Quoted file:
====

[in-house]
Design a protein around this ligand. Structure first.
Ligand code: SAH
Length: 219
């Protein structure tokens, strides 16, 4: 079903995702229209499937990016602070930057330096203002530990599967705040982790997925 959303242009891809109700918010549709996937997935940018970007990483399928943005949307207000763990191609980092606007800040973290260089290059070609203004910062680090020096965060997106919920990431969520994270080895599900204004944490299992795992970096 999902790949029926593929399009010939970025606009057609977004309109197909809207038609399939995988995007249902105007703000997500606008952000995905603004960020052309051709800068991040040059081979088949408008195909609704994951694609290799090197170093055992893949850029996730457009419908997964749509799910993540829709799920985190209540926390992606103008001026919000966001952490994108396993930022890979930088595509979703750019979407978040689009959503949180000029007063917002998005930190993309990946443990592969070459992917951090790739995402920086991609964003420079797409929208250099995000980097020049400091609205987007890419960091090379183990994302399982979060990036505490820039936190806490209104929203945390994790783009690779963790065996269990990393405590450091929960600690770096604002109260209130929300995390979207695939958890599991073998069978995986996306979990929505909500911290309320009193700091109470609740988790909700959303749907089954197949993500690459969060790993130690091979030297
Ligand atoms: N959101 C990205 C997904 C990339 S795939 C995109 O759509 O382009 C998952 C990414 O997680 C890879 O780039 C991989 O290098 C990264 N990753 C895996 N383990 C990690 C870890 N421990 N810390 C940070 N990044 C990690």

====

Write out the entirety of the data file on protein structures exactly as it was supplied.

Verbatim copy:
[in-house]
Design a protein around this ligand. Structure first.
Ligand code: SAH
Length: 219
């Protein structure tokens, strides 16, 4: 079903995702229209499937990016602070930057330096203002530990599967705040982790997925 959303242009891809109700918010549709996937997935940018970007990483399928943005949307207000763990191609980092606007800040973290260089290059070609203004910062680090020096965060997106919920990431969520994270080895599900204004944490299992795992970096 999902790949029926593929399009010939970025606009057609977004309109197909809207038609399939995988995007249902105007703000997500606008952000995905603004960020052309051709800068991040040059081979088949408008195909609704994951694609290799090197170093055992893949850029996730457009419908997964749509799910993540829709799920985190209540926390992606103008001026919000966001952490994108396993930022890979930088595509979703750019979407978040689009959503949180000029007063917002998005930190993309990946443990592969070459992917951090790739995402920086991609964003420079797409929208250099995000980097020049400091609205987007890419960091090379183990994302399982979060990036505490820039936190806490209104929203945390994790783009690779963790065996269990990393405590450091929960600690770096604002109260209130929300995390979207695939958890599991073998069978995986996306979990929505909500911290309320009193700091109470609740988790909700959303749907089954197949993500690459969060790993130690091979030297
Ligand atoms: N959101 C990205 C997904 C990339 S795939 C995109 O759509 O382009 C998952 C990414 O997680 C890879 O780039 C991989 O290098 C990264 N990753 C895996 N383990 C990690 C870890 N421990 N810390 C940070 N990044 C990690």